Deffuant-Weisbuch

Remembering OTS

Remembering OTS

If you and I are close on social media, or real life, you probably knew that I took two and a half months off this year to attend Officer Training School (OTS) in order to pursue my commission in the Air National Guard.  The whole endeavor was fairly intense, so blogging about it in its entirety would be virtually impossible, but I want to highlight a few aspects that I think will be worth remembering throughout the rest of my career.

The Attention Economy and Marketing Warfare

The Attention Economy and Marketing Warfare

Patent and Trademark Law has been engrossed in the rise of e-commerce over the last several years and through a few recent cases (particularly  Allen v. IM Solutions, Inc.), has finally determined what we netizens have always known:  Websites and pop-up advertisements are a numbers game.

Unfortunately, this "numbers game" approach to advertising isn't isolated to just pop-up advertisements, but also spam e-mail, junk mail, and even the advertisements you see plastered throughout our nation's busiest airports.  In order to sell their products, marketers must determine a cheap way to reach tens of thousands of potential customers to find that 1% who fall for their hook.

Matthew Crawford recently wrote a op-ed on New York Times about the effect that the rise in advertising has on society during what is referred to as the Attention Economy. This faux economy is the attempt to explain the finite ability of modern humanity to focus our attention on specific items.  We can only focus on so many things, and in today's world we are increasingly being confronted with uncomfortable choices on what is and is not important enough to warrant our attention.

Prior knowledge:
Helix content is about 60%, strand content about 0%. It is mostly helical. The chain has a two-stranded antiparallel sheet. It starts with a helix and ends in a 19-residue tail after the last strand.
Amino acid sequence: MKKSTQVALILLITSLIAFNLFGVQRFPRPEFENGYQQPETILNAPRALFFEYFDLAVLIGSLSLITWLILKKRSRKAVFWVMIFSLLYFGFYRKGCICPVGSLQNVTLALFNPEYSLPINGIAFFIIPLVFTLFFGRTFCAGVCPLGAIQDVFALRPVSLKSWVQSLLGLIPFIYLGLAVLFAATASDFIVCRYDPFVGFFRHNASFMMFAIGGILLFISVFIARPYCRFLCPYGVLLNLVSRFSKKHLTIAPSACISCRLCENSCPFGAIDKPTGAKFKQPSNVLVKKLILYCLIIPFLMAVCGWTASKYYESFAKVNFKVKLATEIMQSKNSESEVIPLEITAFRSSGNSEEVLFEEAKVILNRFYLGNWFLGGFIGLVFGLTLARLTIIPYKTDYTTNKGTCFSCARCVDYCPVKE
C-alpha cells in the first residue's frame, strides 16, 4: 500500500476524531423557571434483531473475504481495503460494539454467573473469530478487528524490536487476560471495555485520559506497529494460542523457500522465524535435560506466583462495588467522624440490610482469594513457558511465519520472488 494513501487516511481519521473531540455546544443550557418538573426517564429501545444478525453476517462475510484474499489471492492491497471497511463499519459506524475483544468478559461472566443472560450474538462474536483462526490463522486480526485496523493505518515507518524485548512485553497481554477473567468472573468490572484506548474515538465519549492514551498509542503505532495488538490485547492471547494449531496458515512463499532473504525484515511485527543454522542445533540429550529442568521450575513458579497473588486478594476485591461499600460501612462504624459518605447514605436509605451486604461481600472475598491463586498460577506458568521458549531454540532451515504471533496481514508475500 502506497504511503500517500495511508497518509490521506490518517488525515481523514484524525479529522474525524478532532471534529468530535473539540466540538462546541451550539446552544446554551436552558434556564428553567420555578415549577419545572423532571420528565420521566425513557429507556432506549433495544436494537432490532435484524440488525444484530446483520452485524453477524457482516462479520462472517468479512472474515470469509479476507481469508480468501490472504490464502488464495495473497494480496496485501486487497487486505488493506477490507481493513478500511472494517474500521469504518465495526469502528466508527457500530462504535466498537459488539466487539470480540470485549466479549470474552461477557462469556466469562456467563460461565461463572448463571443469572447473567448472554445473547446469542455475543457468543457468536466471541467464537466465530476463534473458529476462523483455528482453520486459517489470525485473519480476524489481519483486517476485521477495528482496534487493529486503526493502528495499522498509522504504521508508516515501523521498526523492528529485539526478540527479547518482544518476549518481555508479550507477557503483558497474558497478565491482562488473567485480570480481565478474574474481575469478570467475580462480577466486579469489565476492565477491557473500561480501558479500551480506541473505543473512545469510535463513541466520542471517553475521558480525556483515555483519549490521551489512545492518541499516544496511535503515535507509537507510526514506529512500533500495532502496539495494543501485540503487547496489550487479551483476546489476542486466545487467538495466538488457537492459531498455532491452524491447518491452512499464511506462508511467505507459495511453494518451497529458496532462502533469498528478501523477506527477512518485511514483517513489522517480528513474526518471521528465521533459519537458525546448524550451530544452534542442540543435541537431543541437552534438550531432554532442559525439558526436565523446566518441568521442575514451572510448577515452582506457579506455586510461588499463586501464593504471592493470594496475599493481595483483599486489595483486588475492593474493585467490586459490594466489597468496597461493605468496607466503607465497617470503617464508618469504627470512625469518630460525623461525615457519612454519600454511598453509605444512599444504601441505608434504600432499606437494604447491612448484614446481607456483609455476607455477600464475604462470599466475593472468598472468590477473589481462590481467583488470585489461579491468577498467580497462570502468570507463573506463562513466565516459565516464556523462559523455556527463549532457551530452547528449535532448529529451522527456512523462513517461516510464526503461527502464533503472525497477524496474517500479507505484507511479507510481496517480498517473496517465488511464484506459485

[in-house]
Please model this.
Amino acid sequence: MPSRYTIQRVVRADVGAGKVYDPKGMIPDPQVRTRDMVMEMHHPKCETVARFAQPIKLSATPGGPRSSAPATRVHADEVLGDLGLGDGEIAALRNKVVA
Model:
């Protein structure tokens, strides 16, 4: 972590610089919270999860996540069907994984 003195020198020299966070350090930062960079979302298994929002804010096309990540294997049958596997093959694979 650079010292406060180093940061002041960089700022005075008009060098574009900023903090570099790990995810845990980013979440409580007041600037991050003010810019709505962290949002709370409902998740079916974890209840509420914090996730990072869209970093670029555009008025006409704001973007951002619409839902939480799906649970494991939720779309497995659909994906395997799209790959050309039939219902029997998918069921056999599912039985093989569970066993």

Arguing on the Internet

Every now and then, a peer of mine will ask me why I spend so much time "Arguing on the Internet" and they usually follow it up with a quip about how it's futile and how arguing on the Internet has never changed anyone's mind. I've always found this question to be a little misguided, but never quite knew how to articulate my misgivings.

You see, I'm a humanist - meaning that I believe in the inherent worth of every human, regardless of their race, gender, orientation, or religion - and I've been a fairly passionate advocate for it since I was old enough to string two sentences together. Plus, as anyone in my family will be quick to tell you, I like arguing - on the Internet or otherwise.

Linguistics, Education, and Polarization

Linguistics, Education, and Polarization
The Deffuant-Weisbuch (DW) model describes how interconnected individuals can influence one another's beliefs. The less certain someone is about their belief, the more that individual could be swayed towards the belief of a more confident individual with whom they interact. Under the DW model, "extremists" are defined as a minority of people who are very confident about and unlikely to change their beliefs. As a result, if an individual is uncertain about their belief, they are more likely to be swayed by an extremist.